The main similarity between the Xbox One and PlayStation 4 presentations was the presence of cars. Cars in Forza, cars in in Gran Turismo, cars in Dead Rising. There was even a car in Watch Dogs, but it went away. I understand that cars are n launch game choice because there are no faces to render, and because hardcore racing game fans are nothing if not loyal. But the things that make car games fun are hard to see in a demo. Sure, you can show me a McLaren P1 looking amazing in a game, but that doesn’t mean the game is any good.
That said, Ubisoft’s The Crew seems like it could be good on gameplay alone. Not only do you get the authenticity of branded cars and customization options, but the entire point of the game is to drive the cars in a broad open world – not just look at them as they make a series of turns. And you can drive them just about anywhere in a level; about 5 minutes in to my demo, I drove directly off a cliff and across a patch of desert to reach a race starting point (because following the normal dirt trail would’ve taken longer.)
Production director Pete Young explained (as I raced against several AI controlled cars on a dirt trail) that the game has an MMO approach to levels and an almost role-playing game approach to customization. Winning that race (because Young advised me to mash on the boost button at just the right time) won me some kind of unlockable that would’ve allowed me to further customize my Nissan Skyline.
After that brief solo experience, Young took the controller to jump us out to a world map. For the demo, this was just the United States with only four playable areas. We fast traveled over to Miami where other journalists were entering a take-down mission against a hummer. Young explained that the idea behind the world map is to teleport instantly to wherever your friends are to get in on missions or races as quickly as possible.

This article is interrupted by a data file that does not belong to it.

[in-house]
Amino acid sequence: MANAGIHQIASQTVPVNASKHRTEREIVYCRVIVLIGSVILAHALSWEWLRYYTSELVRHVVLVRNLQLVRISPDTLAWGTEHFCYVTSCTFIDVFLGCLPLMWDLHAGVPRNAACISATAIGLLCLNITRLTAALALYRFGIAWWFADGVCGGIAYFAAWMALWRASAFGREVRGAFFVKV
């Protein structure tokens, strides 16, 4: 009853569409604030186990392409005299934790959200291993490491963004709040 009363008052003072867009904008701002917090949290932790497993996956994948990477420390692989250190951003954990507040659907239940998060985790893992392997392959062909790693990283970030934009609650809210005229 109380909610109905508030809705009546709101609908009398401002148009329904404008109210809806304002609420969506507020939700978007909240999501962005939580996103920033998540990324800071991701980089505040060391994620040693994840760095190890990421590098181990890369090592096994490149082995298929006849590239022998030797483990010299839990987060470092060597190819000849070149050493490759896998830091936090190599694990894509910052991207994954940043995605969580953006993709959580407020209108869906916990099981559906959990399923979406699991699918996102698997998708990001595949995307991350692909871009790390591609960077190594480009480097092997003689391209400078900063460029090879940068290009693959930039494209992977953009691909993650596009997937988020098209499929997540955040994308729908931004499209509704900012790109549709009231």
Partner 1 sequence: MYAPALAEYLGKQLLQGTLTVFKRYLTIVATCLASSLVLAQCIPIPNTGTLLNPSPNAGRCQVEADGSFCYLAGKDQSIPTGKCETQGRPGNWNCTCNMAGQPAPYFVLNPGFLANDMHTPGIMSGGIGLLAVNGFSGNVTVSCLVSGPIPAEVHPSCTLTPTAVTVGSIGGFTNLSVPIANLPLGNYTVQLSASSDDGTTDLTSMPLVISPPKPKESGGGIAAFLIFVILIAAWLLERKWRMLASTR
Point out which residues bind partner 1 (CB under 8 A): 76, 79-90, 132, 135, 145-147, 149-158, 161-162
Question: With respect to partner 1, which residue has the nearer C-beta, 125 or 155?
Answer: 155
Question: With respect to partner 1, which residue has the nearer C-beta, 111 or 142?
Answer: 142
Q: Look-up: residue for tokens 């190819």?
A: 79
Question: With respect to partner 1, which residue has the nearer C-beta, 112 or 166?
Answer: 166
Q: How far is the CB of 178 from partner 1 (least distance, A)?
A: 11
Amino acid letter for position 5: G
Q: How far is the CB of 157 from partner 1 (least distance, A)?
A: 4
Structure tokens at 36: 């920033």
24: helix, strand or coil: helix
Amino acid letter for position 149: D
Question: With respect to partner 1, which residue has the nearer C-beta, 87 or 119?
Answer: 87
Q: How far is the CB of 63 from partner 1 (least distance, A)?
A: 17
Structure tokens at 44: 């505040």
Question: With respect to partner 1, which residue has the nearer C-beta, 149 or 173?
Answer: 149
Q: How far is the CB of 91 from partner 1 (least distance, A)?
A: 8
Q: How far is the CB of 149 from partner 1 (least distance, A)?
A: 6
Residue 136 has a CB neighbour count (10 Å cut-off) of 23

The hummer mission involved racing through the city streets of Miami trying to smash into a hummer enough to knock it over. Young warned me that it’s typically the palm trees that take the most damage as players frantically attempted to weave through trees, chasing the AI-controlled hummer. For players that completely wreck or wind up very far behind in the hummer, there’s a handy reset button on the right bumper that instantly sets you back on the trail and within about five car lengths of the objective so that you’re not missing out too much. Our team was ultimately successful in first ramming the hummer to damage it and then clipping it at an intersection to flip it over and end the mission. Points were awarded to the entire team even if players weren’t able to actually hit the hummer (I did!), and a score ranking at the end of the mission reveals who did the most damage (I did not.)
Though brief, the experience was fun and the Nissan handled decently – although I didn’t get much of a chance to try drifting. I also got a very brief look at a companion app that allows players to view the world map and customize cars. The developer hasn’t decided yet how this app will monetize – whether it will be free, paid, or allow for microtransactions for people that really want to get into customization.
The Crew is due out in “early 2014.”